Lyrics and You

Matt Bacon June 4, 2015 Comments Off on Lyrics and You
Lyrics and You
Lyrics and You

Lyrics are a crucial part of any traditional song – or so it would seem. While the case has been made that at this point in musical history we don’t need lyrics to have a meaningful piece of music, I think that the opposite is more often true, and in fact now more than ever we need lyrics to help communicate a message. Beyond that – from the perspective of your own band you need to have interesting lyrics in order to help differentiate yourself from the pack. If you can develop a few tasteful turns of phrase it may very well be your ticket to making music your full time job and perhaps even getting massive cultural recognition.

Now initially one might argue “Why do I care what my lyrics are look at guys like Justin Bieber, or hell even Billy Joel, their lyrics barely ever make sense and they’re massive stars!” Which is true. A lot of very successful musicians and composers have been able to make a living just through being able to use powerful hooks and solid songwriting to create catchy tunes. Lyrics definitely are not the be all and end all of any given musicians career. Why even the Beatles barely make sense half the time, and only then when you understand their wealth of inside jokes and the sheer amount of LSD that Paul McCartney took in the 60’s. It would seem that my point is moot… right?

Lyrics and You

Here’s where I beg to differ – as an independent artist you need to do whatever it takes to set yourself apart if you want to make it. What does it cost you, other than time and energy to write good lyrics? That time and energy will be more than bought back in the long run because with a little luck the depth of your lyrics and the inspiration you are able to conjure up will be able to create superfans, people who religiously spread the word of your work. If you want to organically grow your fanbase being able to reach out and have a clear message people will be much more likely to connect with your music.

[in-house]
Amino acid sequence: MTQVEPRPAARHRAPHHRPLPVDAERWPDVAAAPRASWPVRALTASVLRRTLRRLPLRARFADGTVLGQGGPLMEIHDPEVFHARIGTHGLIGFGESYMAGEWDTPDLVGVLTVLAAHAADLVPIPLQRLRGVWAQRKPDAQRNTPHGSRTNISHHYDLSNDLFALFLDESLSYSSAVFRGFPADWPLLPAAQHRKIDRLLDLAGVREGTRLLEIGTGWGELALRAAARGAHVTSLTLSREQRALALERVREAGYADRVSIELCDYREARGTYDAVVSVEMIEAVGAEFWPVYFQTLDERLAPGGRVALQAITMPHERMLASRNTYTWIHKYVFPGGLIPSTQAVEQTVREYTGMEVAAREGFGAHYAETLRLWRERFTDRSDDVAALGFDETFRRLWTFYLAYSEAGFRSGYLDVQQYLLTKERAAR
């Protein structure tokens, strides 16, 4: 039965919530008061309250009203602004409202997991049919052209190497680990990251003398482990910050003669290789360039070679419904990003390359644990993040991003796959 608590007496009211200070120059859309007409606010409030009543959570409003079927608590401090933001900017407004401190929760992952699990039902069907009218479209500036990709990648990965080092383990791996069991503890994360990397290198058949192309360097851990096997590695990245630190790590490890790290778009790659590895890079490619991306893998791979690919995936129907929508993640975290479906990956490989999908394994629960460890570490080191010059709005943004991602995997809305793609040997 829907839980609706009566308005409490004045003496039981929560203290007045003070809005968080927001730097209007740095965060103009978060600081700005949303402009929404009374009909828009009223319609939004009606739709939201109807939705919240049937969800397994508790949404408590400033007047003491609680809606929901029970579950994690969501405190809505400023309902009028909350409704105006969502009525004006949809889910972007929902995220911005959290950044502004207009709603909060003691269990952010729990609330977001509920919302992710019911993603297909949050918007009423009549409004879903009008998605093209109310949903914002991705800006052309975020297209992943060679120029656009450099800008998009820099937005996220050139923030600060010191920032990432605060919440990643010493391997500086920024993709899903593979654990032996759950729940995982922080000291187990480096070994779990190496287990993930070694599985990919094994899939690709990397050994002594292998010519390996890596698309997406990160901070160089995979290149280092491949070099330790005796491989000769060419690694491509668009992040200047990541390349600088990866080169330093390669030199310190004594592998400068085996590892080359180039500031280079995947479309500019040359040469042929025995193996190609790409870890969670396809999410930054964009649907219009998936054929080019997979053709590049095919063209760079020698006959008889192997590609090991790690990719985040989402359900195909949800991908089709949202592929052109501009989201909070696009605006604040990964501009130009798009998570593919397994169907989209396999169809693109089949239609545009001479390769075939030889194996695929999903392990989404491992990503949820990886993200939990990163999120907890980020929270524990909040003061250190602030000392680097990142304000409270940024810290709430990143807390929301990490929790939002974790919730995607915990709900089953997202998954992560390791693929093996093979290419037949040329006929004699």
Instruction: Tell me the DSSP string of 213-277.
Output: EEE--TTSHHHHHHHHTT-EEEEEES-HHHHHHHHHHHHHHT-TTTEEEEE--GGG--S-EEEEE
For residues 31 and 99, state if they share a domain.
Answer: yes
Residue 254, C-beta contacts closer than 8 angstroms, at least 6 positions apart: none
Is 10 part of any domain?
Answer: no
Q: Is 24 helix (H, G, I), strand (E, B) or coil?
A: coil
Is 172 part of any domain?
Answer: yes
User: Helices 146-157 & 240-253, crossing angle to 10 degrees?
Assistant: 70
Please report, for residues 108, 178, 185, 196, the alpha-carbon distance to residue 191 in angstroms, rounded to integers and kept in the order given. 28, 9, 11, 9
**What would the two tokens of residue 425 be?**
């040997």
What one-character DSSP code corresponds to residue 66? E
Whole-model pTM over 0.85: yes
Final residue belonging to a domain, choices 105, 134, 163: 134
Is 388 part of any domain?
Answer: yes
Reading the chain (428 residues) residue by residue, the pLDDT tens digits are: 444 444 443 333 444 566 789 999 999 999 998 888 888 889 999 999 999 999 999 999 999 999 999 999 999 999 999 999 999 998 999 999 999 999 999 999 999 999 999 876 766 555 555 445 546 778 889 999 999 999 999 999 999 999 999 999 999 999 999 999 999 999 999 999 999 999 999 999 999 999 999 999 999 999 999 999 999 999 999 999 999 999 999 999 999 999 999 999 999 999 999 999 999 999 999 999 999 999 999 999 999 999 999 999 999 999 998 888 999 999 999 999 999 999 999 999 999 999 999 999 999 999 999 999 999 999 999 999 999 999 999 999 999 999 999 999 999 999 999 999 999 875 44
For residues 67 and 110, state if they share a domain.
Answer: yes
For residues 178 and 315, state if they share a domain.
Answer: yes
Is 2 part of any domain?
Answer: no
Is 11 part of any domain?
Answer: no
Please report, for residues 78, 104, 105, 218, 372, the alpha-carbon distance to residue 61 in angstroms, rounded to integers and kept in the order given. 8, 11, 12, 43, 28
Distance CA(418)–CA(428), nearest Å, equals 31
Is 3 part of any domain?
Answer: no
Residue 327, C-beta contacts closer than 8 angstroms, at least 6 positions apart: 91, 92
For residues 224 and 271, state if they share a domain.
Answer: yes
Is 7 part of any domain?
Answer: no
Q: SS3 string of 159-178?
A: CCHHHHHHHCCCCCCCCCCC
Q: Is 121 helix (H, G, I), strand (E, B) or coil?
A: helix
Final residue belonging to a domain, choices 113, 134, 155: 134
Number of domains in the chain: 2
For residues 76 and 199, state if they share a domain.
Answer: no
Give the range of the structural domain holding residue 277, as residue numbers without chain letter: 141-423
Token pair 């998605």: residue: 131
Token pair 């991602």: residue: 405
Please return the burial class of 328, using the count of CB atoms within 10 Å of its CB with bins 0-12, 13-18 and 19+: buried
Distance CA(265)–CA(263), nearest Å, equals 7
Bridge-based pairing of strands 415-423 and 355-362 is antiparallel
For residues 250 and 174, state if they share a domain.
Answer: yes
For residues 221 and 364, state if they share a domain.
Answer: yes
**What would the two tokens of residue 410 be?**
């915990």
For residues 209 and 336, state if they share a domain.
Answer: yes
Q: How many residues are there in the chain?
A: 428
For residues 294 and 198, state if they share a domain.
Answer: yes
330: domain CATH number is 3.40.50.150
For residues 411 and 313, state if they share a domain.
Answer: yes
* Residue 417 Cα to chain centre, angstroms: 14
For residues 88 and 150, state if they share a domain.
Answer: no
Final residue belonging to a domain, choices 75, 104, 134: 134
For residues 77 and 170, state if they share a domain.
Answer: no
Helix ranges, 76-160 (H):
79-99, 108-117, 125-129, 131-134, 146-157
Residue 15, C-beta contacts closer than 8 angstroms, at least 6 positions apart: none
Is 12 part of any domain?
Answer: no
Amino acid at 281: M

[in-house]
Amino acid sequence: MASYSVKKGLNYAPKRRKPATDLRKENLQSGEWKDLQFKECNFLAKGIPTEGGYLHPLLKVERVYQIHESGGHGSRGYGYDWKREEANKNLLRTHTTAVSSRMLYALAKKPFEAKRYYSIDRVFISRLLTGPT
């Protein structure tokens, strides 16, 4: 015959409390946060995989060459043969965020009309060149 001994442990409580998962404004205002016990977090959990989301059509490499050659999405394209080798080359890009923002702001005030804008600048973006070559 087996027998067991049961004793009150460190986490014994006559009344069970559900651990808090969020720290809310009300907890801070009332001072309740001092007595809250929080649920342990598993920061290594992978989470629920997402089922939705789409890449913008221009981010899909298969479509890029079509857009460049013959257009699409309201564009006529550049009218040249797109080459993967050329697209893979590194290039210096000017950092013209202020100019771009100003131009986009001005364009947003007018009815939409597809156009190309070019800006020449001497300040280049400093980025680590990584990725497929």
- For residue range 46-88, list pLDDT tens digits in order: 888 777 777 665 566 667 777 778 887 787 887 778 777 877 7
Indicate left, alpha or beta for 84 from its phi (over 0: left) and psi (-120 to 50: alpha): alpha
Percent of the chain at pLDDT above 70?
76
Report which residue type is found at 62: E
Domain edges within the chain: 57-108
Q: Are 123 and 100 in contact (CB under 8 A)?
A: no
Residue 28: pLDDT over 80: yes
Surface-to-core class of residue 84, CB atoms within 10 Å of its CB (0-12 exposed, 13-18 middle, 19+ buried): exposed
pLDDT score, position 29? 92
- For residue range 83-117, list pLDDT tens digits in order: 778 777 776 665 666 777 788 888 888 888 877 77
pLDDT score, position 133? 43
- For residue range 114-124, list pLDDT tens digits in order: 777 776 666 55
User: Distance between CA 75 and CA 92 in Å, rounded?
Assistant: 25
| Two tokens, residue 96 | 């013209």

A great example of this from recent musical history can be found in the band Death. While they are indeed an enduring musical force, part of why they continue to have so much success, 18 years after their last record and 14 years after the band mastermind, Chuck Schuldiner, died, is because of the strength of the lyrics. I know a lot of people who just connect to Death on a musical level, this seems especially prevalent for folks who are into the bands first two records, the seminal Scream Bloody Gore and Leprosy, and don’t get me wrong, it’s a totally valid way to appreciate the music. However it seems to me that those who are truly passionate about the band have fallen deeply in love with them because of the lyrics. It has led to a rabid following for the band which has since evolved into a highly successful tribute tour that’s been going around the world for nearly half a decade now and shows no signs of letting up.

Lyrics and You

I’m not saying you need to be totally revolutionary in your lyrics, or even that creative and over the top, but here’s the thing: People like feeling intelligent. If they can find in your words something to connect too, something that lifts them up and makes them feel greater then they will be more likely to fall in love with what you do. You don’t need to blatantly say “You’re smart and beautiful” but instead think about how entire genres do it and do it subtly. Once you start to pick apart how genres sell themselves then you can realize better how to market your own work.